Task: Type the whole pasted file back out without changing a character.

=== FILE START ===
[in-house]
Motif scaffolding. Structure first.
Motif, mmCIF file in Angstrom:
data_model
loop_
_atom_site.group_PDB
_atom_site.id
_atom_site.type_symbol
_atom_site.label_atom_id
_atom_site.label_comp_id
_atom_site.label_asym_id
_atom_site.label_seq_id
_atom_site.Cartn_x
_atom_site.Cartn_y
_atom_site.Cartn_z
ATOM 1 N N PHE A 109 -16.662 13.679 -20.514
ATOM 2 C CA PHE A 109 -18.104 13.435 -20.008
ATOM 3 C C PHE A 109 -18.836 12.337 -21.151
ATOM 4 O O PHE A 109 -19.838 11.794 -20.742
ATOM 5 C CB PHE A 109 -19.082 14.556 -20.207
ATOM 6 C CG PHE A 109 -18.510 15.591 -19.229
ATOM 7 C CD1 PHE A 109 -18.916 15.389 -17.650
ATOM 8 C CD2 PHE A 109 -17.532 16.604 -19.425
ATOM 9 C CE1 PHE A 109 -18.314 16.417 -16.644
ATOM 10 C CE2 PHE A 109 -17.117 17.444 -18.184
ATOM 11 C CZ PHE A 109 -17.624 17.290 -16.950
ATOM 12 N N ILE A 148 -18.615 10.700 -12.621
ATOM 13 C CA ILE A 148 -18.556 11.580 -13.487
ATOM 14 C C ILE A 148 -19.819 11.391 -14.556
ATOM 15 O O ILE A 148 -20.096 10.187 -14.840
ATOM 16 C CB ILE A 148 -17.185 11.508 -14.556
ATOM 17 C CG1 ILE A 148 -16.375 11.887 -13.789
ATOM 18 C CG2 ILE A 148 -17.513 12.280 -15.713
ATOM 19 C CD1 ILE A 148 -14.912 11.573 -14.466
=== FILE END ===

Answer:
[in-house]
Motif scaffolding. Structure first.
Motif, mmCIF file in Angstrom:
data_model
loop_
_atom_site.group_PDB
_atom_site.id
_atom_site.type_symbol
_atom_site.label_atom_id
_atom_site.label_comp_id
_atom_site.label_asym_id
_atom_site.label_seq_id
_atom_site.Cartn_x
_atom_site.Cartn_y
_atom_site.Cartn_z
ATOM 1 N N PHE A 109 -16.662 13.679 -20.514
ATOM 2 C CA PHE A 109 -18.104 13.435 -20.008
ATOM 3 C C PHE A 109 -18.836 12.337 -21.151
ATOM 4 O O PHE A 109 -19.838 11.794 -20.742
ATOM 5 C CB PHE A 109 -19.082 14.556 -20.207
ATOM 6 C CG PHE A 109 -18.510 15.591 -19.229
ATOM 7 C CD1 PHE A 109 -18.916 15.389 -17.650
ATOM 8 C CD2 PHE A 109 -17.532 16.604 -19.425
ATOM 9 C CE1 PHE A 109 -18.314 16.417 -16.644
ATOM 10 C CE2 PHE A 109 -17.117 17.444 -18.184
ATOM 11 C CZ PHE A 109 -17.624 17.290 -16.950
ATOM 12 N N ILE A 148 -18.615 10.700 -12.621
ATOM 13 C CA ILE A 148 -18.556 11.580 -13.487
ATOM 14 C C ILE A 148 -19.819 11.391 -14.556
ATOM 15 O O ILE A 148 -20.096 10.187 -14.840
ATOM 16 C CB ILE A 148 -17.185 11.508 -14.556
ATOM 17 C CG1 ILE A 148 -16.375 11.887 -13.789
ATOM 18 C CG2 ILE A 148 -17.513 12.280 -15.713
ATOM 19 C CD1 ILE A 148 -14.912 11.573 -14.466